Events

Journalism Teach-in: “A Free Press, Now More than Ever”

Date: March 26, 2017
Time: 2:00 pm  to  4:00 pm

Independent journalism has become a target of some of the country’s most powerful politicians, who regularly demean venerable news media institutions as “failing,” accuse professional reporters of producing “fake news,” and brand all of journalism as “an enemy of the American people.”

These attacks are why independent journalism is more important than ever.

To celebrate the crucial role of independent journalism in supporting a democratic political system, Austin-area journalists, journalism students, and journalism teachers will gather to articulate the American commitment to a free press. Participants in the teach-in will describe their own work and describe the contributions of legendary journalists, past and present.

“The role of a free press must never be taken lightly,” said Maggie Rivas-Rodriguez, a former newspaper journalist and current professor at the University of Texas School of Journalism, who led the organizing for the event. “All Americans should understand that good journalism helps our country understand who we are and holds our institutions accountable. We hope this teach-in will shed some light.”

Location: Texas Capitol, south steps, 11th and Congress, Austin

Women Workers Resist!

Date: March 27, 2017
Time: 6:00 pm  to  8:00 pm

Sophorn Yang, a former garment worker and president of the Cambodian Trade Unions, will speak about efforts to organize a garment workers union in Cambodia in the face of police attacks and a repressive government.

The event is sponsored by the UT affiliate of United Students Against Sweatshops. There will be a free tostada dinner with vegetarian options,

Location: University of Texas, University Teaching Center (UTC 3.104)

Teach-in on “Policing in America”

Date: March 28, 2017
Time: 6:00 pm  to  8:00 pm

To discuss how policing increasingly organizes life in the United States, this teach-in brings together scholars, teachers, and activists who research, challenge and live the effects of policing in our communities to discuss abolitionist alternatives to a life organized by policing.

Panelists include C.J. Alvarez, assistant professor in the department of Mexican American and Latina/o Studies at the University of Texas; Sofia Casini, immigration programs coordinator at Grassroots Leadership; Lewis Conway, Jr., a criminal justice organizer who spent 2,095 days in Texas prisons; Eman Nabulsi, a UT student with Palestine Solidarity Committee and National Students for Justice in Palestine; Hana Masri, a UT graduate student who researches the policing and material culture of borders around the world; and Jesus Valles, a Mexican@ storyteller, performer, and a high school educator. Youth from Austin Barrio Writers will perform short pieces at the start and end of the panel.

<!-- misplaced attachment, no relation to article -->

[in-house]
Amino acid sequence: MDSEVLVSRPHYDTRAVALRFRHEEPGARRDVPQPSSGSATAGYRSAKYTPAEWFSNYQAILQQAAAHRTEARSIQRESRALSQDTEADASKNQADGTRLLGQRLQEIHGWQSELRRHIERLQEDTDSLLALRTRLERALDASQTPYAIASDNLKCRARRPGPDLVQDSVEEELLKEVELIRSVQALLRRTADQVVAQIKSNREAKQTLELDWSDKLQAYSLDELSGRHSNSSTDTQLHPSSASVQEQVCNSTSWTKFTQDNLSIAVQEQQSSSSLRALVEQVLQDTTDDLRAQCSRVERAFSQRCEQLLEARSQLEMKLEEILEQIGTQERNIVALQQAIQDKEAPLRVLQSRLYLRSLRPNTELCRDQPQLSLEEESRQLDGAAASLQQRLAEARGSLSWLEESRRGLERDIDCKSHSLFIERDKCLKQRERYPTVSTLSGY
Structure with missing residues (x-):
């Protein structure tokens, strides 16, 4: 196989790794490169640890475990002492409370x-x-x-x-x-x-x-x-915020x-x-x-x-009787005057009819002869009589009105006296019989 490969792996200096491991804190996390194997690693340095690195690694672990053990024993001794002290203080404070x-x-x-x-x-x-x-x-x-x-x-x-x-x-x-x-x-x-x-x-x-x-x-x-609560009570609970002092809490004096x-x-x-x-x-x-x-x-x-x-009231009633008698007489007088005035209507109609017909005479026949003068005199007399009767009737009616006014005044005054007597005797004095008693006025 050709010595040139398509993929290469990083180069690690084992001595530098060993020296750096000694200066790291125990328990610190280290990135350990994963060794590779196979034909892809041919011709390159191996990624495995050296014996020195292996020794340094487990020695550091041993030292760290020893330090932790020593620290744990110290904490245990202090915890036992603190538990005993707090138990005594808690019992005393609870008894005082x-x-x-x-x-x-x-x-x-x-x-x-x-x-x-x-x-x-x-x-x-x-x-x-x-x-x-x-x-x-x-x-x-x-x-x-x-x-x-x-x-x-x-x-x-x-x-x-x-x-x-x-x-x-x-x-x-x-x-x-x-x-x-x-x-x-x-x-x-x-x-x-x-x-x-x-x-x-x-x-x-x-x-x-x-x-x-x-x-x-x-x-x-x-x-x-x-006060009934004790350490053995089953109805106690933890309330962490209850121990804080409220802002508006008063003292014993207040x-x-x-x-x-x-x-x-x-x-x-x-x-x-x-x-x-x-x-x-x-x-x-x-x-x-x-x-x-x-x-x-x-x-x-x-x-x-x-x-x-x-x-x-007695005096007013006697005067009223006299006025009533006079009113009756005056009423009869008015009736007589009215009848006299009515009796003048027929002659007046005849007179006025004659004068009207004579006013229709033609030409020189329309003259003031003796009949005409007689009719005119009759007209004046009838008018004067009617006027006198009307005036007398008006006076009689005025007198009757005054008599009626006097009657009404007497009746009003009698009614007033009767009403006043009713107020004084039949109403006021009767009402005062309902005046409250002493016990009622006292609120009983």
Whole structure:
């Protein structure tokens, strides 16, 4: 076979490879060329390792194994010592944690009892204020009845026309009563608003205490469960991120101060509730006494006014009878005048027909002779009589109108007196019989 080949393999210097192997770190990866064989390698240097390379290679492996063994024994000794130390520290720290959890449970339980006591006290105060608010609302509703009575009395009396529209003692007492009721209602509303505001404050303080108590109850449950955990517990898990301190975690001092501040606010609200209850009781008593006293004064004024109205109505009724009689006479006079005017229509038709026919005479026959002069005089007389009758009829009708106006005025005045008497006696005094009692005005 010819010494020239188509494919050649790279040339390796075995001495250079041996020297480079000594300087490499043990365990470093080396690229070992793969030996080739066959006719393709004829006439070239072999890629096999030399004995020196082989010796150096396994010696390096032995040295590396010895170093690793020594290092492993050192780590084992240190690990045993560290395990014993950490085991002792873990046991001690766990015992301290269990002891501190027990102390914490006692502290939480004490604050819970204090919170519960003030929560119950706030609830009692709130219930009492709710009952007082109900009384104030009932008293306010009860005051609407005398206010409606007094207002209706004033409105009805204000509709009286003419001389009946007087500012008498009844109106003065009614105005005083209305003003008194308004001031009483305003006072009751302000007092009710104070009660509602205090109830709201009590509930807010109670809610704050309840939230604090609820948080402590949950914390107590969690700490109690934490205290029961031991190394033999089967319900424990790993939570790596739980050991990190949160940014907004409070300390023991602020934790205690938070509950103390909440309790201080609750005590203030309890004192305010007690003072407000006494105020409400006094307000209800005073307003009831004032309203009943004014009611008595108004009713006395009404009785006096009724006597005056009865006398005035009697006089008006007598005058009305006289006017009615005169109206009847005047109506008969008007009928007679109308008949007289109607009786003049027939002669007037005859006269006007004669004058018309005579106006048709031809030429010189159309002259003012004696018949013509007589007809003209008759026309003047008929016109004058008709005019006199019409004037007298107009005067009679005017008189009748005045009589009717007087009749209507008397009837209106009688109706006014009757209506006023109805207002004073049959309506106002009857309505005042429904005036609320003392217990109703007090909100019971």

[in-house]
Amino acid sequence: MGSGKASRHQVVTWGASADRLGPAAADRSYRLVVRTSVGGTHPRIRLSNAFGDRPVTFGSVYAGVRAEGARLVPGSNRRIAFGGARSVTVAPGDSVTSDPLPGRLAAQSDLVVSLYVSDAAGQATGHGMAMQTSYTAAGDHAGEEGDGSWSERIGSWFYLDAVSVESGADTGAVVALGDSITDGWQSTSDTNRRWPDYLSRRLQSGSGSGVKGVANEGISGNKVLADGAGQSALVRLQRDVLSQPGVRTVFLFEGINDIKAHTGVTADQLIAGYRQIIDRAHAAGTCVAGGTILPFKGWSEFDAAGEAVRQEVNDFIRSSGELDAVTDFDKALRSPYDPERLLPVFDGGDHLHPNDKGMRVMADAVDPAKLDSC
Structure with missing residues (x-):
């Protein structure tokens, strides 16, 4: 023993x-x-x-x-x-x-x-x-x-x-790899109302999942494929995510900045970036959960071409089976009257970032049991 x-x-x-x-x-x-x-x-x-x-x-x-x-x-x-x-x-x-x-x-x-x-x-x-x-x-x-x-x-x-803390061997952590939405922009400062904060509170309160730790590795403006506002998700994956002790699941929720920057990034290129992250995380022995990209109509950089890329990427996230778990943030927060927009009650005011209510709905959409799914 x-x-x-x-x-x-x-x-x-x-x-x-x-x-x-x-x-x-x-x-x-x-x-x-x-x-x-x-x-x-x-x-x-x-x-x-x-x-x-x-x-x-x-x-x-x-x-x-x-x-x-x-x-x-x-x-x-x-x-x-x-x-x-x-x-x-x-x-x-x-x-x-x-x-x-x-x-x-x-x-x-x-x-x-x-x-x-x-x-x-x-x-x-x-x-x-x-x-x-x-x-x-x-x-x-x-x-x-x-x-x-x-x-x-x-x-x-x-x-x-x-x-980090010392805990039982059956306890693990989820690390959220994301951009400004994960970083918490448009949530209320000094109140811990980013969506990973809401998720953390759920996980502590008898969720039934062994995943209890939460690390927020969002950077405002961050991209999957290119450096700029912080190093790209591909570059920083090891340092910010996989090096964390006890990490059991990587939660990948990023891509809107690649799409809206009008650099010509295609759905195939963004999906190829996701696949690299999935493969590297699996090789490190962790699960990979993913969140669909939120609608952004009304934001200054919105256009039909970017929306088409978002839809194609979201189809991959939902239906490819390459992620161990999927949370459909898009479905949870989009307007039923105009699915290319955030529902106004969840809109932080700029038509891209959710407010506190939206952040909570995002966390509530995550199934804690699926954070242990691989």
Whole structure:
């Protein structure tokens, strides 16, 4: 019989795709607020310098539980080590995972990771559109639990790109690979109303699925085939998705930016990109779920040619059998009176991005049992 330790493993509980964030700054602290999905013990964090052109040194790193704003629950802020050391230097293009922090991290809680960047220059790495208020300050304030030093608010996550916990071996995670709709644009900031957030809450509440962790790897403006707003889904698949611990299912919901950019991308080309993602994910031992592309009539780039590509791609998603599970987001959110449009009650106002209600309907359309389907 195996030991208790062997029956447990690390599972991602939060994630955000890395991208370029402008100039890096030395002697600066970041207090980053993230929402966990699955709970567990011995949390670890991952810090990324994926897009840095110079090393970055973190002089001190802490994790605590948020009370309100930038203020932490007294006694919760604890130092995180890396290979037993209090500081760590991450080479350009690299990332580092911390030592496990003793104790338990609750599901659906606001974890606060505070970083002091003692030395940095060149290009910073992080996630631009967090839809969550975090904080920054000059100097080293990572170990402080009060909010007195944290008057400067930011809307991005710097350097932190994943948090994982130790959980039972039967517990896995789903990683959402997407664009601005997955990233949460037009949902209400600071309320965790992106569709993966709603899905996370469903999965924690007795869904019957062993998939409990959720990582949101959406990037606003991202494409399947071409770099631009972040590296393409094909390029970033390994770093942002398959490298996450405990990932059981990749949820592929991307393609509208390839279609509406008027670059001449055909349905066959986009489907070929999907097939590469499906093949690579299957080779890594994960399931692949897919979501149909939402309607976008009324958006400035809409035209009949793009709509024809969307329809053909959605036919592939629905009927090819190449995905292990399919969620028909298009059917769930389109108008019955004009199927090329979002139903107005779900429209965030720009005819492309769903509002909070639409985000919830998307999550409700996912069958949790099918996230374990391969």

The event is co-sponsored by various UT and Huston-Tillotson University groups, Resistencia Books/Red Salmon Arts, and Barrio Writers. More information on the Facebook event page, or Karma Chávez, karmachavez@gmail.com. Interpretation into Spanish will be provided.

Location: Dickey-Lawless Auditorium, Huston-Tillotson University, 900 Chicon St., Austin

Revolution and Democratic Confederalism in Northern Syria: Observations on Rojava

Date: March 29, 2017
Time: 6:30 pm  to  8:00 pm

In the midst of the Syrian civil war in fall 2013, communities in northern Syria launched a unique initiative in non-hierarchical organizing. The Democratic Federal System of Northern Syria (also known as “Rojava”) has included gender and ethnically balanced decision-making bodies as well as a feminist fighting force.

The panel to discuss the political possibilities of Rojava includes journalist Seth Harp, School of Journalism graduate student Pinar Istek, and Government professor Jason Brownlee.

The event is sponsored by UT’s Center for Middle Eastern Studies, Department of Middle Eastern Studies, and Department of Government.

Location: University of Texas at Austin campus, CLA Building, Room 0.126.

Screening of “Between Earth and Sky—Climate Change on the Last Frontier”

Date: March 31, 2017
Time: 7:00 pm  to  9:00 pm

Between Earth and Sky” examines the impacts of climate change in Alaska, especially on the native Inupiaq people and arctic soil/permafrost.

The executive producer and director will be at the screening to answer questions, and a member of the nonpartisan Citizens’ Climate Lobby will briefly explain how putting a price on carbon would mitigate climate change.

Location: Southwestern University, Olin 105, Georgetown